Chip Poncy, Former Senior U.S. Treasury Official on Counter-Terrorist Financing and current global co-head of the K2 Integrity Financial Crimes Risk Management practice, noted that “Congressional action extending coverage of the Bank Secrecy Act to dealers in antiquities and requiring an assessment of the broader art market is a welcome step both in protecting the integrity of the global art market from illicit actors and in assisting financial institutions manage the illicit financing risks associated with this important sector of the global economy. Industry now has an important opportunity to inform Treasury’s implementation of these requirements through the rulemaking process and broader engagement with U.S. counter-illicit financing authorities.”

Jennifer Fowler, Former U.S. Treasury Deputy Assistant Secretary for Terrorist Financing and Financial Crimes, and Former Vice President of the Financial Action Task Force (FATF) who is currently a Director at the Brunswick Group, stressed that “The next year is critical in determining what obligations antiquities dealers and the broader art world will face in the fight against financial crime. Now is the time for the sector to help policymakers understand those risks and play a cooperative role in shaping how to address them.” 


In the next ten years, we are facing a great inflection point in the art market, much like the one real estate markets and banks reacted to in the earlier part of the century. The United States Government has been attentive to the methods terrorists and corrupt officials use to hide and transfer their money. They have continued to shut down vital pathways for this lifeline of funds and a relative few remain. As author of How We Win: How Cutting-Edge Entrepreneurs, Political Visionaries, Enlightened Business Leaders, and Social Media Mavens, Farah Pandith, comments, “Thus, this new regulation on the art market nearly 20 years since 9/11 is welcome and very important. It not only destroys the delivery system of financial assets, but also puts others on notice.” However, as she goes on to say, “Stolen antiquities will continue if buyers exist – naming, shaming, and eliminating access is essential.”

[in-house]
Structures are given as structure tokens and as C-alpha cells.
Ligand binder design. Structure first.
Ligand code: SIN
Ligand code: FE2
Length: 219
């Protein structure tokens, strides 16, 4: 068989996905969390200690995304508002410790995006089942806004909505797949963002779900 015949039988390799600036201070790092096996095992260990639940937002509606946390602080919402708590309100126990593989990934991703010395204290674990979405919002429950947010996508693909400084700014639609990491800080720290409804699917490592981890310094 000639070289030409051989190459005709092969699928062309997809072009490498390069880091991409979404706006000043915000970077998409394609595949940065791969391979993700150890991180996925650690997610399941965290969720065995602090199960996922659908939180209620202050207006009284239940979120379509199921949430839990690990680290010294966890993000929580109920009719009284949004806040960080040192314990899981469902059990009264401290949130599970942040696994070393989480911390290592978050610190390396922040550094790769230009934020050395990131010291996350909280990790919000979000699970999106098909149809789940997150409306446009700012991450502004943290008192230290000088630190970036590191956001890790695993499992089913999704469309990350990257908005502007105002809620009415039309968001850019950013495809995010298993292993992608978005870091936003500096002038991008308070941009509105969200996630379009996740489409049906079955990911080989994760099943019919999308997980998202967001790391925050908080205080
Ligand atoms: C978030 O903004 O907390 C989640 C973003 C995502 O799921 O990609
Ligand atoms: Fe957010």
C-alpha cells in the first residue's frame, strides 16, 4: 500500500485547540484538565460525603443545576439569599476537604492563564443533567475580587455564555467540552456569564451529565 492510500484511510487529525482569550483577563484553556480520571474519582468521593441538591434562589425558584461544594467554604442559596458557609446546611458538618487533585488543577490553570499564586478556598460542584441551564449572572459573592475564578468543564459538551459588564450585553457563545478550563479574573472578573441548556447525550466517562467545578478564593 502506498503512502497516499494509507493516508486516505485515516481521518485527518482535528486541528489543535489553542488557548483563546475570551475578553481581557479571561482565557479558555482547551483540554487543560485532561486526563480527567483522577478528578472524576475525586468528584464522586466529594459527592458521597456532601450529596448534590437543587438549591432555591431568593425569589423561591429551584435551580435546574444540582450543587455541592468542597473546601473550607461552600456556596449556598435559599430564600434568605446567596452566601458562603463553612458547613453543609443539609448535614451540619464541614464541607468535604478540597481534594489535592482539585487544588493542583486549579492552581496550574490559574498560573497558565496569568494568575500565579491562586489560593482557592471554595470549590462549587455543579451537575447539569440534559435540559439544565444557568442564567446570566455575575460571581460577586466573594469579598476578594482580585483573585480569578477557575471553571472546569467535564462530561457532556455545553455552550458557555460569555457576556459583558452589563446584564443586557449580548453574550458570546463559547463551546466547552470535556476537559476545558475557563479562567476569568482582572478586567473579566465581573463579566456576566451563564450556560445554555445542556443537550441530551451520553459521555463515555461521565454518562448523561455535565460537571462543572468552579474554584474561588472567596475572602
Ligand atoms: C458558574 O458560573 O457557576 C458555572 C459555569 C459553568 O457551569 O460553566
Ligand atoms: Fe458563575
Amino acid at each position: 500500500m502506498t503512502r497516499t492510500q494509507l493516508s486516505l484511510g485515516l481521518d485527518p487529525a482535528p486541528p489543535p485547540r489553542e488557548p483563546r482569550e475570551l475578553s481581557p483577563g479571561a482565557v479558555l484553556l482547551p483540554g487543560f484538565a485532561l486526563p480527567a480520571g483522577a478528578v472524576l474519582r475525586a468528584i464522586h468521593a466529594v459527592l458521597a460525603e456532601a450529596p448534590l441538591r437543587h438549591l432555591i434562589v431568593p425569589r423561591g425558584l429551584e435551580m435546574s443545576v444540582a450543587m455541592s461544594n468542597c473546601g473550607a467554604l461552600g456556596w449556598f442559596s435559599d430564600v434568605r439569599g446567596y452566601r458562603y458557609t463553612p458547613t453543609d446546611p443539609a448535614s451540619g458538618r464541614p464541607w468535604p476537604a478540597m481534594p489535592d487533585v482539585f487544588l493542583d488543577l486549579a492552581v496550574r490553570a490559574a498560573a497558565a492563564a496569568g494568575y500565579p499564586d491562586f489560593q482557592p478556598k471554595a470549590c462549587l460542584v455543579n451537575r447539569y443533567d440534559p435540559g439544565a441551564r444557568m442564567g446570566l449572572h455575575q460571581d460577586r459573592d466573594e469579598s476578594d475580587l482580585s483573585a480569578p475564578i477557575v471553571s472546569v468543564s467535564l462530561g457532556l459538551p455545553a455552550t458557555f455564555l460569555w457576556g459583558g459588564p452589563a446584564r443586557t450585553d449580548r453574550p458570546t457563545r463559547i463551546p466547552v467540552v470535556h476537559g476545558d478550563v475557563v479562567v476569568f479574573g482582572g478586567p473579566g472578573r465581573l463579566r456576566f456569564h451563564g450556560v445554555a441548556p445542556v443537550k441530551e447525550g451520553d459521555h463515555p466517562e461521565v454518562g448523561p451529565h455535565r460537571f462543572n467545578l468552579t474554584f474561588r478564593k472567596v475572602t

The U.S. Treasury has some important work ahead that will determine what the world looks like for antiquities dealers and the art world from an Anti-Money Laundering/Combating the Financing of Terrorism AML/CFT perspective.  The Treasury has to issue regulations in the next year for antiquities and there is a lot to be determined in terms of scope of the problem. The Treasury will likely have to conduct a study/risk assessment to look at the art sector more closely over the next year. As such, without the institution of concrete actions and regulatory bodies following up on this legislation, the art loophole will continue to exist. Cooperation between the private and public sectors will be necessary if we want to continue squeezing the stream of illicit funds that travel across the globe. Just as gold and cash are stores of wealth, we need to remember that art has a similar function – when it comes to money laundering and terrorism, it must be treated as such.

Statements and views expressed in this commentary are solely those of the author and do not imply endorsement by Harvard University, Harvard Kennedy School, or the Belfer Center for Science and International Affairs.

Michael B. Greenwald is Director at Tiedemann Advisors. He is a fellow at Harvard Kennedy School’s Belfer Center for Science and International Affairs and a Senior Fellow at the Atlantic Council Geoeconomics Center. From 2015-2017, Greenwald served as the first US Treasury attaché to Qatar and Kuwait. 

This article is supported by research advisor Logan Weber. Weber is a graduate of Harvard University and graduate student at Texas A&M University studying International Affairs.

For more information on this publication: Belfer Communications Office
For Academic Citation: Greenwald, Michael.“The Art Market’s Next Inflection Point.” Belfer Center for Science and International Affairs, Harvard Kennedy School, February 8, 2021.